Ever Active Schools (EAS) is a provincial initiative that supports healthy school communities. Their Resilient Schools initiative works in Treaty 6, 7 and 8 and partners directly with First Nations and Métis school communities to promote language, culture and resilience as pathways to wellbeing for Indigenous youth.
More than 300 students, teachers, community members and Elders from First Nations and Métis communities across Alberta gathered at Winsport in Calgary recently for a summit on health, wellness and resilience.
The two day event began with a host of active icebreaker activities that saw students interacting with new faces right off the bat.
Keynote speaker, 18-year-old Izaiah Swampy-Omeasoo, an aspiring politician of Samson Cree Nation, spoke to students about the importance of language in revitalizing culture.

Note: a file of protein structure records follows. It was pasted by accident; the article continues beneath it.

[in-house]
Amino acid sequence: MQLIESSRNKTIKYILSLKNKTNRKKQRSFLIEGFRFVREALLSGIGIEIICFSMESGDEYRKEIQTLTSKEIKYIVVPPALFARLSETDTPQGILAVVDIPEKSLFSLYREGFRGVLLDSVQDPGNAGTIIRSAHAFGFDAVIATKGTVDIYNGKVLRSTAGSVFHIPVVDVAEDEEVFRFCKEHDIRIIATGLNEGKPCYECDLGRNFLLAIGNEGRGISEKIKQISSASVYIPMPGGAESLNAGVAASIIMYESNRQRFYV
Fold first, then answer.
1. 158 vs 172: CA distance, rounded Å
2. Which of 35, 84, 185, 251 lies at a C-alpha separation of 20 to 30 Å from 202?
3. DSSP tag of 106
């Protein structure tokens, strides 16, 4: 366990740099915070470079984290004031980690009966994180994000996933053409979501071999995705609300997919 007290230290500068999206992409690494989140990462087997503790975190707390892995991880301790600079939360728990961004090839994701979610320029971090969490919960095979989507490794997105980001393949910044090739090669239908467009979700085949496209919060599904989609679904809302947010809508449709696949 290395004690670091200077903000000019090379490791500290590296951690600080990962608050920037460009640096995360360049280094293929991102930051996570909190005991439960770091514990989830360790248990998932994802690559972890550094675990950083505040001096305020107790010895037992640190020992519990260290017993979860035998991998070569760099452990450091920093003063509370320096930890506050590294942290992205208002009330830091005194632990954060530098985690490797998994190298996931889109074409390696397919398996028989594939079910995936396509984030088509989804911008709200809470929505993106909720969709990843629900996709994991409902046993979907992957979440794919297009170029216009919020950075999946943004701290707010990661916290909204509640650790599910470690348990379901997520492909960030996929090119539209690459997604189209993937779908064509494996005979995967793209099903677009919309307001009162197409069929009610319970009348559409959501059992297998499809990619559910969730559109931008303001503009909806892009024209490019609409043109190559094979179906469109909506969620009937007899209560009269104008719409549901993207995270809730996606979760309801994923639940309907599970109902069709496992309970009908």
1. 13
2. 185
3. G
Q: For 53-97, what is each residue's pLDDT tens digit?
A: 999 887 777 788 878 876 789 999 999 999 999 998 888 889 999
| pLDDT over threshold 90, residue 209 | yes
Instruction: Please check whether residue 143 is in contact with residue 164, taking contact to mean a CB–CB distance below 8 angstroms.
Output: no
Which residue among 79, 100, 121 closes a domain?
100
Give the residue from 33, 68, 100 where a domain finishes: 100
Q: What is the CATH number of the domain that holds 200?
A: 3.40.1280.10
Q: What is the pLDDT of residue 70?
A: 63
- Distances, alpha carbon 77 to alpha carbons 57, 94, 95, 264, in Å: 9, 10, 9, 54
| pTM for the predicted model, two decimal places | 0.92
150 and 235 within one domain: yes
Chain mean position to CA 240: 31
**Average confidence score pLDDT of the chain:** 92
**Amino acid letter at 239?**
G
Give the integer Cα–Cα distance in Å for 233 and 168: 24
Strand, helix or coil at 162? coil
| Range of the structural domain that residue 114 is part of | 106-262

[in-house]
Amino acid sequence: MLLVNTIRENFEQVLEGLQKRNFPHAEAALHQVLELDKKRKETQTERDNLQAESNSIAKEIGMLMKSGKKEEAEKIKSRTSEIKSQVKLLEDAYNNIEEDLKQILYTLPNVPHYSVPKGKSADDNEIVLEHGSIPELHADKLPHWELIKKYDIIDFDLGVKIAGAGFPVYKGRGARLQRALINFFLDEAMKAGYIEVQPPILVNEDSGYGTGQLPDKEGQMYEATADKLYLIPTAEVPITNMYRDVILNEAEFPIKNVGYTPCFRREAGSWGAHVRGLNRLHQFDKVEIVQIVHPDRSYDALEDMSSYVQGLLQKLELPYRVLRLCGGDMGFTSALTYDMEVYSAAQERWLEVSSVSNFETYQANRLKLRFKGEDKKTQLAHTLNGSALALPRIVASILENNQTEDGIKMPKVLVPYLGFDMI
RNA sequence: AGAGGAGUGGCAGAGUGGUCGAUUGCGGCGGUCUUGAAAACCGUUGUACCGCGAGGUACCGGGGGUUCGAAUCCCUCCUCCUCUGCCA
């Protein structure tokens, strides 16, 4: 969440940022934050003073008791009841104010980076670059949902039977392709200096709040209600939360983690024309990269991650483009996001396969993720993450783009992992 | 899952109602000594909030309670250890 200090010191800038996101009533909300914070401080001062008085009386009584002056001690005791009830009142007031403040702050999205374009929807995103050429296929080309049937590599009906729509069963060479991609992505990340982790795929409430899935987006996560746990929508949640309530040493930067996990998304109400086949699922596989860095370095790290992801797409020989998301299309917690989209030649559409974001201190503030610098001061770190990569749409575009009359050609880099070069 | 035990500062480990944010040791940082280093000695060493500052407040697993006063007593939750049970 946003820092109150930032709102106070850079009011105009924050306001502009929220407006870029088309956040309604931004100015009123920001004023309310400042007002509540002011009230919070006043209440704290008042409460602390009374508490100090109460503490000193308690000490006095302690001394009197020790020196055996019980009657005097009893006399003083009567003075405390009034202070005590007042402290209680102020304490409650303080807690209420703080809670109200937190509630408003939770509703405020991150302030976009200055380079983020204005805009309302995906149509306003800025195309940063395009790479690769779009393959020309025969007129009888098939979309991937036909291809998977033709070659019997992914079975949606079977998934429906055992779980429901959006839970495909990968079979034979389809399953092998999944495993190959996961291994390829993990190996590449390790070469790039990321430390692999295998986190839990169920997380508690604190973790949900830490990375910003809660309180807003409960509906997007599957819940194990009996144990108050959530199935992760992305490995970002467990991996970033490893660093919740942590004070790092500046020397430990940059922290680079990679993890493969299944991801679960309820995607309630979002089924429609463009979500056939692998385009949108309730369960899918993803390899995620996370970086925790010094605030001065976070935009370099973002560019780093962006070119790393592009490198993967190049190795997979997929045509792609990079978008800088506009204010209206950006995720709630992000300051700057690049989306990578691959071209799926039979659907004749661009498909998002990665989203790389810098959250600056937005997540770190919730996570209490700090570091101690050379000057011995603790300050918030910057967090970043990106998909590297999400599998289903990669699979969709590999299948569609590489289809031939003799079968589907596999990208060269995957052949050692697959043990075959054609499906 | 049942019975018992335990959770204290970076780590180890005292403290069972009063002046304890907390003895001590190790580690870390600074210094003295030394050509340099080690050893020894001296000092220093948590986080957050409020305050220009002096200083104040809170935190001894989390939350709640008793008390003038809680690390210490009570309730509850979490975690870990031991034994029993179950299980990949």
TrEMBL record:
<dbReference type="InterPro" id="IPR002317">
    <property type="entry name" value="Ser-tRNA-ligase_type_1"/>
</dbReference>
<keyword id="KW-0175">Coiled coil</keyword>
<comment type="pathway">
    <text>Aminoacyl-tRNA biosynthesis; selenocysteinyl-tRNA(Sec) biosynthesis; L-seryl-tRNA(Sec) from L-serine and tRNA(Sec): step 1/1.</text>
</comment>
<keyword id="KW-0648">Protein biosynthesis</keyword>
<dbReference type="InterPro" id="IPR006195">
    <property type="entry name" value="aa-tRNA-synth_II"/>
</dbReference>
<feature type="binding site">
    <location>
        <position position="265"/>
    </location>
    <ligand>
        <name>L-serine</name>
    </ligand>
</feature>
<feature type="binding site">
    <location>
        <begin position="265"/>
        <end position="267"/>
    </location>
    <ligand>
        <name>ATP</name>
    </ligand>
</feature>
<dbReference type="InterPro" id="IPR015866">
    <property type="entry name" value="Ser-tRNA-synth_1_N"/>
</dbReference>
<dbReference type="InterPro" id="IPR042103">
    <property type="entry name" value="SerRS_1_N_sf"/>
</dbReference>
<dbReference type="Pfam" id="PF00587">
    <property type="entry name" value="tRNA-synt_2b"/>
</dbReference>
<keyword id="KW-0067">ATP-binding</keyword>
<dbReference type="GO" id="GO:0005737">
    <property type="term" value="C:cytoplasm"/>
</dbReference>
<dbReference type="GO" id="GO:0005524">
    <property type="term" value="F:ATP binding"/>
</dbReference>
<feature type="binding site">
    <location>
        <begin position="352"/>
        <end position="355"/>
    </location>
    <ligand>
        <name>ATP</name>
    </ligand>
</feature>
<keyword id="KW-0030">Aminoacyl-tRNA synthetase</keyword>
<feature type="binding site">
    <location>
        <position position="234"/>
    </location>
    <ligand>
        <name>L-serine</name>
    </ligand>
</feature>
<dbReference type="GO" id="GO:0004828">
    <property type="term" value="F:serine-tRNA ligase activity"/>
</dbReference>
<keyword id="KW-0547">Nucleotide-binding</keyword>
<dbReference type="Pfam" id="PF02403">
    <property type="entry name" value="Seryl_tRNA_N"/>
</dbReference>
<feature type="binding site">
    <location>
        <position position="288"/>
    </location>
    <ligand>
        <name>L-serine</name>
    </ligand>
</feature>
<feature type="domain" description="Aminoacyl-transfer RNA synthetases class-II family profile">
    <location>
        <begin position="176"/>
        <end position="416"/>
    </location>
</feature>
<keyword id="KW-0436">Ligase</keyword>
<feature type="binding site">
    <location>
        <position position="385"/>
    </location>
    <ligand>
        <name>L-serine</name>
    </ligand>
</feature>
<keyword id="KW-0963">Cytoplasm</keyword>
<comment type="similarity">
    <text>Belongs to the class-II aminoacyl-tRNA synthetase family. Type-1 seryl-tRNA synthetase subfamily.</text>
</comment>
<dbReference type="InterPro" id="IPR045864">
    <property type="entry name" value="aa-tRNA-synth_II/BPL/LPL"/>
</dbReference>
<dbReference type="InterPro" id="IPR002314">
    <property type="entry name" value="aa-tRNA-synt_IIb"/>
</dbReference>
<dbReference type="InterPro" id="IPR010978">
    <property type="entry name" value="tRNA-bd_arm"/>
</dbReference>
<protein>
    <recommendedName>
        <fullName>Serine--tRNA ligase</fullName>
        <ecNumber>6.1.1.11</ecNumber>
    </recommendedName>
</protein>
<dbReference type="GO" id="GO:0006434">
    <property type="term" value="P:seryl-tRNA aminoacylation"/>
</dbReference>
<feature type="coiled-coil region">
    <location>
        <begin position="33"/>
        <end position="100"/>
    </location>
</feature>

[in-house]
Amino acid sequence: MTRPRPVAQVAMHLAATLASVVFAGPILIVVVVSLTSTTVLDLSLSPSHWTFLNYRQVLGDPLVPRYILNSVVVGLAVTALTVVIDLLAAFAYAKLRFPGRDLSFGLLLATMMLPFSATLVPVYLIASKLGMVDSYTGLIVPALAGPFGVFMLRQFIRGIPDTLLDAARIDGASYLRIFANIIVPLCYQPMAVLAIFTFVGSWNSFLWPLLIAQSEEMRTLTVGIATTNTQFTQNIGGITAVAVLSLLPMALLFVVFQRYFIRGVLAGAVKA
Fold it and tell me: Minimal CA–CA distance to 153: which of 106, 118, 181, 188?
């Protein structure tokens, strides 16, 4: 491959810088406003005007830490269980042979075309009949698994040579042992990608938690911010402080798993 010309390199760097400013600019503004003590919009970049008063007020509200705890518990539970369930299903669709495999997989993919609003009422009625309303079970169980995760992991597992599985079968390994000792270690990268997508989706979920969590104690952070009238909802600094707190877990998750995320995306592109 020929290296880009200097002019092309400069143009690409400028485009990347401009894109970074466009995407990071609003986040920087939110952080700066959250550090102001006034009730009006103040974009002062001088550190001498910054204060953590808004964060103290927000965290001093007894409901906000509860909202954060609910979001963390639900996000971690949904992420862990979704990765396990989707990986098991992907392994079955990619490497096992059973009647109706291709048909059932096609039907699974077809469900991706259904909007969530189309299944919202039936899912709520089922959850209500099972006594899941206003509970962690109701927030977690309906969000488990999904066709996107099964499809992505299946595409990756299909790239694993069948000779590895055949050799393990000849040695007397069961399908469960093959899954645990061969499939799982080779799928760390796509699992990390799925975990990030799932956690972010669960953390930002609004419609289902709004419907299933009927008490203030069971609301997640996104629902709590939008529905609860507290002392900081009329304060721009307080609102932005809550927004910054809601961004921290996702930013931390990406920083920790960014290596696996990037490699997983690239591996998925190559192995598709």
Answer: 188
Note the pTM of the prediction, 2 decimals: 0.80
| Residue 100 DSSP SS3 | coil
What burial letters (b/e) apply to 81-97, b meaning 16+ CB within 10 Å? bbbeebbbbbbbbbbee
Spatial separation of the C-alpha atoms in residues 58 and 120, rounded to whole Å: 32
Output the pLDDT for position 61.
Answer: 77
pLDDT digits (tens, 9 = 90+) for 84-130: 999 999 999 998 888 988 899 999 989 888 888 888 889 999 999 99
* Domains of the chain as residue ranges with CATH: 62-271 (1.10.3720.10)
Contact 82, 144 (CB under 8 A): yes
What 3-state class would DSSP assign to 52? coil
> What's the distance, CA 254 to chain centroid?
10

“It’s like losing a library,” said Swampy-Omeasoo of the deaths of Elders. He reminded the crowd that their ancestors never spoke English, and in order to communicate through prayer and after passing on, they must learn their Indigenous languages.
Students attended art, physical activity and knowledge sharing sessions, from resilience through poetry, to outdoor traditional Dene and Blackfoot games, to Elder circles.
They had the opportunity to participate in ‘wellness breaks’, where they tried wheelchair basketball with Wheelchair Sports Alberta, ice luge with Winsport, a tour of the Canada Sports Hall of Fame, badminton, boxing, or skating with players from the Calgary Hitmen.
On Wednesday evening, participants gathered for an open mic night that showcased students talents. Performers sang and danced for their peers.
Following that, students dove straight back into sessions, regrouping to present posters showcasing their school's initiatives that support health, wellness, resilience and culture with other school teams in the room.
See more photos from the event here